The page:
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With John Cusack playing the lead role of Adam, you would think it would be a great movie. Well, it left a little to be desired, although it delivered in the comedy department.
Three friends that are down on their luck, decide to take a little vacation to their old stomping grounds of the ’80s. Heading to their winter resort party central of their younger days, friends Adam, Nick (Craig Robinson), Lou (Rob Corddry) and Adam’s nephew Jacob (Clark Duke) head on a journey filled with surprise.
As they arrive at the once thriving resort, the men find it to be a run down dump in the current year. Deciding to stay anyway, the group figures a night of laughs, alcohol and a hot tub might be just what the doctor ordered for their turbulent lives.
With Adam having been dumped by his girlfriend, Nick with a job that is going nowhere and a cheating wife, and Lou living as a suicidal alcoholic, the men needed a break. Jacob has an addiction to video games and never leaves his basement abode to see the real world or the sun.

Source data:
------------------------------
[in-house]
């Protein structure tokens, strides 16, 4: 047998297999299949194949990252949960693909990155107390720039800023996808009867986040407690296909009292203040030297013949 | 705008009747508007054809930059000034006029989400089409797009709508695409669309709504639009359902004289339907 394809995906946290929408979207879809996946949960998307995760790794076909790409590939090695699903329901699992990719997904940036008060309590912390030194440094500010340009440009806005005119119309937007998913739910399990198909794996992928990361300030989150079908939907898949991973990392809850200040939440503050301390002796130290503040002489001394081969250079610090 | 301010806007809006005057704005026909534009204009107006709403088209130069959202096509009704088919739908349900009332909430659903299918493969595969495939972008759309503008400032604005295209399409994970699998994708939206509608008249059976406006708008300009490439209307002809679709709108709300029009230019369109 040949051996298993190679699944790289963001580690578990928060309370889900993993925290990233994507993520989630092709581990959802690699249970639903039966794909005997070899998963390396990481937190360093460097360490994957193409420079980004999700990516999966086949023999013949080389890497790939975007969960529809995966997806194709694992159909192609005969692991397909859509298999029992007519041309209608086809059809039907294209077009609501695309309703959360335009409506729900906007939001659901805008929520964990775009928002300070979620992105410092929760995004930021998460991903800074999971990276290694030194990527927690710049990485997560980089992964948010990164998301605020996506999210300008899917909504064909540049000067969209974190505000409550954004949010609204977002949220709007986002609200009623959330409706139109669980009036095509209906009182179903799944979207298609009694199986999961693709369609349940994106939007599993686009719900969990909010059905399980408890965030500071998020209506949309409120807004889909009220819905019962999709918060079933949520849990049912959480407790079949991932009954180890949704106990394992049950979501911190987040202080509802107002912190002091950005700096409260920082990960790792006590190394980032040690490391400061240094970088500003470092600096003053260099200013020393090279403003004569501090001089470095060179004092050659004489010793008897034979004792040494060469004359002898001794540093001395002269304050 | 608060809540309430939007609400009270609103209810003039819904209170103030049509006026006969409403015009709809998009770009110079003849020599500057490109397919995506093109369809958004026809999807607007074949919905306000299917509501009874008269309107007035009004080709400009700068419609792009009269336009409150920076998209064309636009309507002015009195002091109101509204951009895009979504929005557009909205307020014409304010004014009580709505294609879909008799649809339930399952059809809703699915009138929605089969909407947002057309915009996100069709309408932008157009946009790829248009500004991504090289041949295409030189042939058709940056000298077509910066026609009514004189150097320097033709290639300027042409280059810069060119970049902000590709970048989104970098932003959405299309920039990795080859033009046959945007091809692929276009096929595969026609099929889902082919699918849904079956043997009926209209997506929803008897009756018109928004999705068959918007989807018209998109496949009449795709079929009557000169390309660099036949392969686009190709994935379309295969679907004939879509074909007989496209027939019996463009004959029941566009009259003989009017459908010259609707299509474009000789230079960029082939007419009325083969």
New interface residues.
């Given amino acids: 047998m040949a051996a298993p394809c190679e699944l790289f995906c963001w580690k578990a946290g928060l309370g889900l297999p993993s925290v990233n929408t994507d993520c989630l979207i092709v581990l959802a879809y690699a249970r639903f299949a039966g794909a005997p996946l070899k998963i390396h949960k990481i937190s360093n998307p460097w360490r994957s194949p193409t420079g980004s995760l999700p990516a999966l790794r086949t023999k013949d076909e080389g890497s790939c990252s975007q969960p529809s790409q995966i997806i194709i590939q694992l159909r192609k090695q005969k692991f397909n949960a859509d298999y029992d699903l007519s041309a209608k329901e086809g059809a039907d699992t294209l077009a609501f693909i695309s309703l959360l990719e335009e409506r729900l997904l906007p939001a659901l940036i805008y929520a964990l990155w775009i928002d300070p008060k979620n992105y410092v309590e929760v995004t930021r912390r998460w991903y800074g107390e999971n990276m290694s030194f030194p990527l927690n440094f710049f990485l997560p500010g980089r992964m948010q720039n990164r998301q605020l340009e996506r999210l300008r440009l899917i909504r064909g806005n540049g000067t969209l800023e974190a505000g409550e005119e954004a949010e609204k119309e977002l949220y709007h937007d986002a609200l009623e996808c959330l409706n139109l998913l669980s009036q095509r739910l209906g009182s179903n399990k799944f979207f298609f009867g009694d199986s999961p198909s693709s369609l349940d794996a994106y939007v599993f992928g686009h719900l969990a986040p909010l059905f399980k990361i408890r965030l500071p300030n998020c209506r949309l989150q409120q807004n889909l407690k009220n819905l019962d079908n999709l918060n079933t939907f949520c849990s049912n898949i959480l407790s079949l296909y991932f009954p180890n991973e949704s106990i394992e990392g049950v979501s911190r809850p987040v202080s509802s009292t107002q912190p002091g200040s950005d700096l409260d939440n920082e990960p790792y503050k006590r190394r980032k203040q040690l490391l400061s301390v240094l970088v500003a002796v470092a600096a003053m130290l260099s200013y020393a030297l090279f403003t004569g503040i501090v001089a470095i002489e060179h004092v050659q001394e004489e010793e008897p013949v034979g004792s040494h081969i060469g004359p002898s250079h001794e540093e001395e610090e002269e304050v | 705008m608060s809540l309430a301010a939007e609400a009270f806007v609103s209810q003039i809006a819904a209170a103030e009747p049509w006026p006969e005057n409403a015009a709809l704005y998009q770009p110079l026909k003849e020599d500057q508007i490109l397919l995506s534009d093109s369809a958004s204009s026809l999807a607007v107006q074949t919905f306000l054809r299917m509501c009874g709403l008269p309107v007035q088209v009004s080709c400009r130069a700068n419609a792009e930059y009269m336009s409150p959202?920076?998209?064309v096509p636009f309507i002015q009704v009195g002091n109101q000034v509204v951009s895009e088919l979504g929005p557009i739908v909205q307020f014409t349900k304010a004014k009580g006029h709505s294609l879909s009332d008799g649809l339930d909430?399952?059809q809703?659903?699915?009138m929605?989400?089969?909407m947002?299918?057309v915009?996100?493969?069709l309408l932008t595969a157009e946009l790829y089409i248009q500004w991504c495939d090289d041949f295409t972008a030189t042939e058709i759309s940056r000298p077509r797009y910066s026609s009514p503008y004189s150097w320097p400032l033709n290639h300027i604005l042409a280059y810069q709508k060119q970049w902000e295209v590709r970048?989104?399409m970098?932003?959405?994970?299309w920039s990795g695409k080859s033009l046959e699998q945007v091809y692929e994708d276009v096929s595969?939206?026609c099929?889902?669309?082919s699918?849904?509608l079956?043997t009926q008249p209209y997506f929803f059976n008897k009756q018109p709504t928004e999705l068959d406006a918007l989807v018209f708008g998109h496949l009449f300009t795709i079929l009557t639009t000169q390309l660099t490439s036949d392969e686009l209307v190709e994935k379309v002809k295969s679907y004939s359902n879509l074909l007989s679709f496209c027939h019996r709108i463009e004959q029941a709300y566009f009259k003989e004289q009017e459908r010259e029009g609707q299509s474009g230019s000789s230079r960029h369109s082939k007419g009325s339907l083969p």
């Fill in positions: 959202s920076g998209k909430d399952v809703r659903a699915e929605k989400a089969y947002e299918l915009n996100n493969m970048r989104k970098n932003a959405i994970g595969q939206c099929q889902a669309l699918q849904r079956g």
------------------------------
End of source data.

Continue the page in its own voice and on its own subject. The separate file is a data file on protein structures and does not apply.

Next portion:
As the group enters the hot tub, a spilled drink on the controls reveals the true use of the tub, which is a time machine. The men are sent back to 1986 to a night that holds traumatic and dangerous memories for all of them.
With many references to the ’80s hit, Back To The Future, the movie carries us through many of the age-old situations when watching time travel unfold. Not wanting to change history, running into old friends and enemies, finding a loved one was once a drunk or overly promiscuous, making sure the love that existed and is meant to be continues to the future, and ensuring that the ones who were meant to be born, are still born, such as Jacob. All of the classics of the time travel world are included in this comedy.
With some interesting appearances by actors such as Crispin Glover as Phil, a bellhop for the hotel, who gives us a comedic storyline all on its own through the entire movie.
Another guest star on this film is Chevy Chase who pops in and out of the movie as the hot tub repairman. With a fairly non-descript role in this movie, he still lends some of his unorthodox humor to the movie.
Not a movie I would run out and buy, but worth watching for some of the simple, mindless, classic ’80s humor.
By Ally Dunham